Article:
Their surf/punk-rock sound was that of the most “compelling music” of the 1980′s, to quote David Bowie, and acted as major inspiration for iconic artists such as Kurt Cobain and many others. It was their 1993 break-up that allowed Nirvana to complete the job that Pixies had started; to ignite a wave of alternative-rock throughout the UK and across Europe. Their construction of seemingly simple, yet now-infamous tracks like “Here Comes Your Man” or “Where Is My Mind” reflects the purity of their dynamics as a band, despite the conflict they at times had with each other personally. Much of the controversy that surrounded Pixies had to do with the direction of the band’s music at the beginning of the 1990′s. With bassist Kim Deal wanting to incorporate more of her own songs into the band’s live shows and albums, tension began to form between her, Francis and Santiago, leading to their split.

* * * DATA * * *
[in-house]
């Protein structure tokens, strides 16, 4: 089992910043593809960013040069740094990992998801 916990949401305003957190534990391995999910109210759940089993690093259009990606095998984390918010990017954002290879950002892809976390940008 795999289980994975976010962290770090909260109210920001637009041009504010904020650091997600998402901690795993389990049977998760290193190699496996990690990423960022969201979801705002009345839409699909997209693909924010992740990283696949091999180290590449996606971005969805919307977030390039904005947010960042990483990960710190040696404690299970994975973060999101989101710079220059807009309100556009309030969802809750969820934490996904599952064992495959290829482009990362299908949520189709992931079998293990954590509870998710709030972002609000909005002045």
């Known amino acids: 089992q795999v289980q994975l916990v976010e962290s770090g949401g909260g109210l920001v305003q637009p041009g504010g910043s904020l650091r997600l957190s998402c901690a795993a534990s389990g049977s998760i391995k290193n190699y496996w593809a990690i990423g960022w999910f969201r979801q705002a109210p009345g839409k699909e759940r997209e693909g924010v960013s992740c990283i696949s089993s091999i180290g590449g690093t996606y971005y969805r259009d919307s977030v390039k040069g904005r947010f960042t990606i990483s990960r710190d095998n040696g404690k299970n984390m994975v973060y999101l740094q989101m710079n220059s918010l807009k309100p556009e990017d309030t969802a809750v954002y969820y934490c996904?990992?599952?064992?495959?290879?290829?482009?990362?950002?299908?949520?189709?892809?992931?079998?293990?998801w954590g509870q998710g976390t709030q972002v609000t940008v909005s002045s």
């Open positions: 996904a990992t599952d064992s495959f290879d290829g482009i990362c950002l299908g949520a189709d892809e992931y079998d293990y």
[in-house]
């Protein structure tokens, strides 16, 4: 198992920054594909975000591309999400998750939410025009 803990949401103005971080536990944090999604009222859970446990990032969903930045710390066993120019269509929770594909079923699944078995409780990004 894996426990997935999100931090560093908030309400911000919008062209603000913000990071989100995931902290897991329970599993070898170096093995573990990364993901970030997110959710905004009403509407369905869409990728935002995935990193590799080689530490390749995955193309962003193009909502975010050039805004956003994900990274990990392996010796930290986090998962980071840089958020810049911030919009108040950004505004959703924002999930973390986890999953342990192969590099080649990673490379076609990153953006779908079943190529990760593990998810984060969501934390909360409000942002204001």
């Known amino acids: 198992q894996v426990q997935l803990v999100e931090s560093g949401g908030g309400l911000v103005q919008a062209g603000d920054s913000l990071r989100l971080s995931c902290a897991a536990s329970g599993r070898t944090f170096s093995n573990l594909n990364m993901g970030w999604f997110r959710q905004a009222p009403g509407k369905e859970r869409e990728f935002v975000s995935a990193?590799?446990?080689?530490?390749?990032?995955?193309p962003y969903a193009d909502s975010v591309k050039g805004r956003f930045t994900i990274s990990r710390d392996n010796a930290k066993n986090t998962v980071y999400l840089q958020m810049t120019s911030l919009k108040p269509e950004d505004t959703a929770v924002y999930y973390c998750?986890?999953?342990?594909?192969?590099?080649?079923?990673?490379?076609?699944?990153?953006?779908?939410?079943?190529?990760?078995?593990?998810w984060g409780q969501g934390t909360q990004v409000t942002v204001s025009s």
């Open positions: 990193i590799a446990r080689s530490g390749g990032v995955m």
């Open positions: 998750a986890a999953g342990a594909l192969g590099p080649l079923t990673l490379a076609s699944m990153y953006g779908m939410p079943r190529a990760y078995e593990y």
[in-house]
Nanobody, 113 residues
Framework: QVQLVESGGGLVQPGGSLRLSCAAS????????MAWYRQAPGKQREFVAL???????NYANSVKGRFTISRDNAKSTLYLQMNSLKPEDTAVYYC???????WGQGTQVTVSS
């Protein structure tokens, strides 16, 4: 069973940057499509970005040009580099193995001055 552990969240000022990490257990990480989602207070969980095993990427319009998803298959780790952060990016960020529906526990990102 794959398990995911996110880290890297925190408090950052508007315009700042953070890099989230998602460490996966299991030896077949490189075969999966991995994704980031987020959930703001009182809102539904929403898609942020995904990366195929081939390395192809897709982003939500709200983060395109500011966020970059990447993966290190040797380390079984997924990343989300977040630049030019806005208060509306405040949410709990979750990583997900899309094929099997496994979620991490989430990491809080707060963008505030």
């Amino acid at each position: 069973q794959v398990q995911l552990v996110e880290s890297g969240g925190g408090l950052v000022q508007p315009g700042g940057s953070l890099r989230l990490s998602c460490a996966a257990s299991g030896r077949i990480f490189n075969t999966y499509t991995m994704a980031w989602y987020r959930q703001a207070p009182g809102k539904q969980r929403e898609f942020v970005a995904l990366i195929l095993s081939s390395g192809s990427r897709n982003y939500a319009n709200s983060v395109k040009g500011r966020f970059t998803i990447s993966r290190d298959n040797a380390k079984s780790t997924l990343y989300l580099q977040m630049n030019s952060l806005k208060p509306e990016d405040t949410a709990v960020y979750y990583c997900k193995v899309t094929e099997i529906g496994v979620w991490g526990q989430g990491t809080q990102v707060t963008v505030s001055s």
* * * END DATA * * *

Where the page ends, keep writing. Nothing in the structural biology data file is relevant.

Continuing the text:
Pixies brought us emotionally roaring choruses, and warming imperfect melodies with rememberable, quirky lyrics from the combined minds of four musically-gifted musicians. The 1991 album ‘Trompe le Monde’ was their last-released album before the break-up, despite their reformation in 2004 to play several incredible live shows across the UK and Australia for the first time. Rumours of a reunion album were quickly dismissed through, revolving around Kim Deal’s reluctance towards the idea. Yet speculation began to stir during May, 2011, after Santiago told ‘The Guardian’ that after they finish touring, it could “be time”.
Time to just sit back and wait.
An iconic performance of ‘Hey’ in 1988, at the Town & Country Club, London: